Table 2 offers face mask recognition outcomes of the DLFMD-RMG technique on 80% of training (TR) datasets and 20% testing (TS) data. Fig. 5 exhibits the quick face mask recognition results of the DLFMD-RMG system on 80% of the TR dataset. The DLFMD-RMG model has recognized images ‘with mask’ by accuy of 97.88%, precn of 97.97%, recal of 97.72%, Fscore of 97.85%, and MCC of 95.75%. Moreover, the DLFMD-RMG technique has identified images ‘without mask’ by accuy of 97.88%, precn of 97.78%, recal of 98.02%, Fscore of 97.90%, and MCC of 95.75%.

images

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Figure 5: Face mask recognition result of DLFMD-RMG approach under 80% of TR dataset

Fig. 6 shows a brief face mask detection outcome of the DLFMD-RMG method on 20% of TS data. The DLFMD-RMG method has identified images ‘with mask’ by accuy of 98.50%, precn of 99.04%, recal of 98.10%, Fscore of 98.56%, and MCC of 97%. Furthermore, the DLFMD-RMG method has identified images ‘without mask’ by accuy of 98.50%, precn of 97.92%, recal of 98.95%, Fscore of 98.43%, and MCC of 97%.

images

Figure 6: Face mask recognition result of DLFMD-RMG approach under 20% of TS dataset

Table 3 offers face mask recognition outcomes of the DLFMD-RMG system on 70% of TR and 30% of TS datasets. Fig. 7 shows a brief face mask detection outcome of the DLFMD-RMG system on 70% of TR data. The DLFMD-RMG system has identified images ‘with mask’ by accuy of 95.86%, precn of 99.11%, recal of 92.80%, Fscore of 95.85%, and MCC of 91.92%. Furthermore, the DLFMD-RMG method has identified images ‘without a mask’ by accuy of 95.86%, precn of 92.82%, recal of 99.12%, Fscore of 95.86%, and MCC of 91.92%.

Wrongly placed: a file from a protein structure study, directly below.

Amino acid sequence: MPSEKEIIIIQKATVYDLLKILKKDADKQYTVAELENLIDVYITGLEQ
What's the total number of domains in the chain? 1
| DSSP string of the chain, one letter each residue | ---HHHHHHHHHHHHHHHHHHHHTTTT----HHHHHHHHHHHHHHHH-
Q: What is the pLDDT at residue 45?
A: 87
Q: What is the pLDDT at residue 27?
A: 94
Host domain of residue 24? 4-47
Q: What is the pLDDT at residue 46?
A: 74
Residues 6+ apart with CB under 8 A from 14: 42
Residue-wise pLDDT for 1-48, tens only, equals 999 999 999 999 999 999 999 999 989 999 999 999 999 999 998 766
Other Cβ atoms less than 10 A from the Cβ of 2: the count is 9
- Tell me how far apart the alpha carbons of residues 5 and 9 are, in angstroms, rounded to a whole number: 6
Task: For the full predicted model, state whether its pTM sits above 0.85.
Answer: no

images

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Figure 7: Face mask recognition result of DLFMD-RMG approach under 70% of TR dataset

Fig. 8 demonstrates a brief face mask detection outcome of the DLFMD-RMG system on 30% of TS data. The DLFMD-RMG method has identified images ‘with mask’ by accuy of 96.33%, precn of 97.76%, recal of 94.24%, Fscore of 95.97%, and MCC of 92.66%. Furthermore, the DLFMD-RMG technique has identified images ‘without mask’ by accuy of 96.33%, precn of 95.18%, recal of 98.14%, Fscore of 96.64%, and MCC of 92.66%.

images

Figure 8: Face mask recognition result of DLFMD-RMG approach under 30% of TS dataset

A brief ROC investigation of the DLFMD-RMG method under the test database is illustrated in Fig. 9. The results indicated the DLFMD-RMG system had shown its capacity to classify different classes.